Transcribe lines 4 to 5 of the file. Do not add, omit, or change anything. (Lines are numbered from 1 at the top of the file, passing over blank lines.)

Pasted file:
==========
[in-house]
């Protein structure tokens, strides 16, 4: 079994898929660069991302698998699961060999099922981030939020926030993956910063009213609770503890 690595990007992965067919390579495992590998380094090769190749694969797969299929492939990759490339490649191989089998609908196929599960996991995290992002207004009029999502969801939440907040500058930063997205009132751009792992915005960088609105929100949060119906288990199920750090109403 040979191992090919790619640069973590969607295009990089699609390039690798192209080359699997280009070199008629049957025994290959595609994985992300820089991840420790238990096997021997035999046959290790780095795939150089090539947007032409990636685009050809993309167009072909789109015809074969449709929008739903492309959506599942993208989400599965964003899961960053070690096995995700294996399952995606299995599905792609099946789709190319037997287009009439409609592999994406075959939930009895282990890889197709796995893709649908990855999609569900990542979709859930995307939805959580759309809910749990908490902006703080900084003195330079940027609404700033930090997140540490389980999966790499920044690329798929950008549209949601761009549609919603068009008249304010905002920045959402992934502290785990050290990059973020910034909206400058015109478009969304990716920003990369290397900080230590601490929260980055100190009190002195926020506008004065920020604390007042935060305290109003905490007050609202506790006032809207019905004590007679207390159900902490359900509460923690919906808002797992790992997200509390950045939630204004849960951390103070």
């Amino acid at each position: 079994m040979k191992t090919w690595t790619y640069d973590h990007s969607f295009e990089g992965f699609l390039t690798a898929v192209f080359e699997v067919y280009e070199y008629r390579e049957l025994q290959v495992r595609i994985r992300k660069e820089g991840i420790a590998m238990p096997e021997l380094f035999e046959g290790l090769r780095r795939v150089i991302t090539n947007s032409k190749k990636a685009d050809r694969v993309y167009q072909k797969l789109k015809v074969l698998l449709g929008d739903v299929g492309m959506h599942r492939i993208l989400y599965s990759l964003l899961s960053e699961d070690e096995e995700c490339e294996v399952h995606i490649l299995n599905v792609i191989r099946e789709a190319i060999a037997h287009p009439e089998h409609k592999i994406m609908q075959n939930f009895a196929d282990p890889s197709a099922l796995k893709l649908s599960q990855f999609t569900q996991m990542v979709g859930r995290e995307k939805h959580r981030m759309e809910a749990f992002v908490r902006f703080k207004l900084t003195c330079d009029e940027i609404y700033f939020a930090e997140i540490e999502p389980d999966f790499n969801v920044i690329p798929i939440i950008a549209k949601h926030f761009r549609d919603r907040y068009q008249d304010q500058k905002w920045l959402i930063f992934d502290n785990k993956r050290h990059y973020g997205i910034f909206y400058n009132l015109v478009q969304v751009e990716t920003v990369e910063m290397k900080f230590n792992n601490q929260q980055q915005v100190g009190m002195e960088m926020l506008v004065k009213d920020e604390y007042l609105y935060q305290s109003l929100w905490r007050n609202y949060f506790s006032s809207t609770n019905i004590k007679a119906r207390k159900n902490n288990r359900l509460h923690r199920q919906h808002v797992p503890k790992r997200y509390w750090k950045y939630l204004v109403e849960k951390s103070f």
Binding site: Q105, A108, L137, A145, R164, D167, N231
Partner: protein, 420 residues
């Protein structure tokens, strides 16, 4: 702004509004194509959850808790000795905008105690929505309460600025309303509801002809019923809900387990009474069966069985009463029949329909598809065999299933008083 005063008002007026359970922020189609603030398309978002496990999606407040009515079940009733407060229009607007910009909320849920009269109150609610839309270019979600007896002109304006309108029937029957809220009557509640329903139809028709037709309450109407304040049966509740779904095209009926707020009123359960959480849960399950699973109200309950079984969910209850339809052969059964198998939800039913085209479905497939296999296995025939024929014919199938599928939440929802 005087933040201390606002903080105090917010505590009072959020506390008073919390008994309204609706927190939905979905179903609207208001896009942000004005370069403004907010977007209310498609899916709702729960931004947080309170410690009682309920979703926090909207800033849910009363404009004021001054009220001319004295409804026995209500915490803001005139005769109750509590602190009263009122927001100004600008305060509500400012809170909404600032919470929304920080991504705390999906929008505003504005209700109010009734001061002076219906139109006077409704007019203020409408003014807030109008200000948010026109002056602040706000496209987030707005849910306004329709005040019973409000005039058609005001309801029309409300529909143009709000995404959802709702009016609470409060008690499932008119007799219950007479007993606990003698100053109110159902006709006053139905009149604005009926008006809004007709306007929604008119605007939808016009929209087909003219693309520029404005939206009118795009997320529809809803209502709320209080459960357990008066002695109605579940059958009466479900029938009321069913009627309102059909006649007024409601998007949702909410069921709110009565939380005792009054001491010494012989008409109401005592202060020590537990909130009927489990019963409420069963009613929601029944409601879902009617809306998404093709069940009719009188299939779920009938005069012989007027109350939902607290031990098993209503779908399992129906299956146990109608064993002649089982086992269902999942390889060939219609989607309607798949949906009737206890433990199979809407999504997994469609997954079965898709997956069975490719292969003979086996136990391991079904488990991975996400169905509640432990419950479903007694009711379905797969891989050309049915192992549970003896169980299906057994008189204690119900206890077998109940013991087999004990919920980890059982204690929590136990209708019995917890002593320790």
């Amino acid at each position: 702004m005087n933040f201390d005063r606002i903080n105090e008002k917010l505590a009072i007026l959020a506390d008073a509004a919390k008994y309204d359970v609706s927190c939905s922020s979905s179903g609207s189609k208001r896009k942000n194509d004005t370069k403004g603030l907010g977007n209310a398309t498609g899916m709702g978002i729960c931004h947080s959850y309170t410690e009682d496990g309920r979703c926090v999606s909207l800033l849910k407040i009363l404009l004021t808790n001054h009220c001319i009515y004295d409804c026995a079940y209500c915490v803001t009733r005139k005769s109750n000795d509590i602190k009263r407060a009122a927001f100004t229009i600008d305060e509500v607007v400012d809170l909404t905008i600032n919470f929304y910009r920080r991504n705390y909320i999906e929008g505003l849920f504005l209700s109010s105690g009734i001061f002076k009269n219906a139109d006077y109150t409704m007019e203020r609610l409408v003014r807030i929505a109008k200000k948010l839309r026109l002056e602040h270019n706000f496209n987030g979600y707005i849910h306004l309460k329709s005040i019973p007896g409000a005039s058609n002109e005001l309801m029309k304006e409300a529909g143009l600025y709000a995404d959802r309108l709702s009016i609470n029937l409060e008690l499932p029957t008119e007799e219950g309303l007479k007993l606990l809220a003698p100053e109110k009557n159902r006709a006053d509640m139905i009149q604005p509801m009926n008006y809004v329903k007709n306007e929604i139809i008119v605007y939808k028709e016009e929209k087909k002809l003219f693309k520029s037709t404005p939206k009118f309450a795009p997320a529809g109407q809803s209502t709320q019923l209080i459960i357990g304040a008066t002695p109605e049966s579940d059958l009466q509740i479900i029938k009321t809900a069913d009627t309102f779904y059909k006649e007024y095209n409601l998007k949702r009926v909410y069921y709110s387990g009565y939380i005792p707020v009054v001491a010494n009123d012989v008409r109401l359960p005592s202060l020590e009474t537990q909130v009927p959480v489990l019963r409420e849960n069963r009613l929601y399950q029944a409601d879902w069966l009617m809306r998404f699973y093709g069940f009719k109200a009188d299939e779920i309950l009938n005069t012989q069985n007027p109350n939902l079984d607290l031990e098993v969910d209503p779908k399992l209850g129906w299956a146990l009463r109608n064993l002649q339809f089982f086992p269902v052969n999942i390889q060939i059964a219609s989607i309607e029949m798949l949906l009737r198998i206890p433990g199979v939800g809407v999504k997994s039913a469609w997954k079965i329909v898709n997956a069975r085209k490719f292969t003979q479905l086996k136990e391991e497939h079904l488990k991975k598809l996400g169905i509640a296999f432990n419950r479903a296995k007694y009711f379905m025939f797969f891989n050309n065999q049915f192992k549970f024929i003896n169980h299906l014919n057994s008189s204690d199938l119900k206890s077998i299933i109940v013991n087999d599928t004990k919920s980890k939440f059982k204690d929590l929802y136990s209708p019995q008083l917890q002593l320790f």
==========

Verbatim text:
Binding site: Q105, A108, L137, A145, R164, D167, N231
Partner: protein, 420 residues